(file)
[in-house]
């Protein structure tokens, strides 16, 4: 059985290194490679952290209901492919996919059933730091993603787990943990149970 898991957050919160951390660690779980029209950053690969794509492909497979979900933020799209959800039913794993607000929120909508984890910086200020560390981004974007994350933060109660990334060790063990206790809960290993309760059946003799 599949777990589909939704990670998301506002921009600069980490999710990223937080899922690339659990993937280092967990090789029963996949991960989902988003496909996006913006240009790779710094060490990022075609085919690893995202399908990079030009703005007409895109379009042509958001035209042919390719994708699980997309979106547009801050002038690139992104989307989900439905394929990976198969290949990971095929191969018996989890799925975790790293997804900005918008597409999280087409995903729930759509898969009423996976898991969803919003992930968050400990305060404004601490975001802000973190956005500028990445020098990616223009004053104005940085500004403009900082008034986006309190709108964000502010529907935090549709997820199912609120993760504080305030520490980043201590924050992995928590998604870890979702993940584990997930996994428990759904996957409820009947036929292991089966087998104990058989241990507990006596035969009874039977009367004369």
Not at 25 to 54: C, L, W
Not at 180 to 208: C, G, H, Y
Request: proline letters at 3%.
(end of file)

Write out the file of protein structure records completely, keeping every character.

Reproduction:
[in-house]
């Protein structure tokens, strides 16, 4: 059985290194490679952290209901492919996919059933730091993603787990943990149970 898991957050919160951390660690779980029209950053690969794509492909497979979900933020799209959800039913794993607000929120909508984890910086200020560390981004974007994350933060109660990334060790063990206790809960290993309760059946003799 599949777990589909939704990670998301506002921009600069980490999710990223937080899922690339659990993937280092967990090789029963996949991960989902988003496909996006913006240009790779710094060490990022075609085919690893995202399908990079030009703005007409895109379009042509958001035209042919390719994708699980997309979106547009801050002038690139992104989307989900439905394929990976198969290949990971095929191969018996989890799925975790790293997804900005918008597409999280087409995903729930759509898969009423996976898991969803919003992930968050400990305060404004601490975001802000973190956005500028990445020098990616223009004053104005940085500004403009900082008034986006309190709108964000502010529907935090549709997820199912609120993760504080305030520490980043201590924050992995928590998604870890979702993940584990997930996994428990759904996957409820009947036929292991089966087998104990058989241990507990006596035969009874039977009367004369």
Not at 25 to 54: C, L, W
Not at 180 to 208: C, G, H, Y
Request: proline letters at 3%.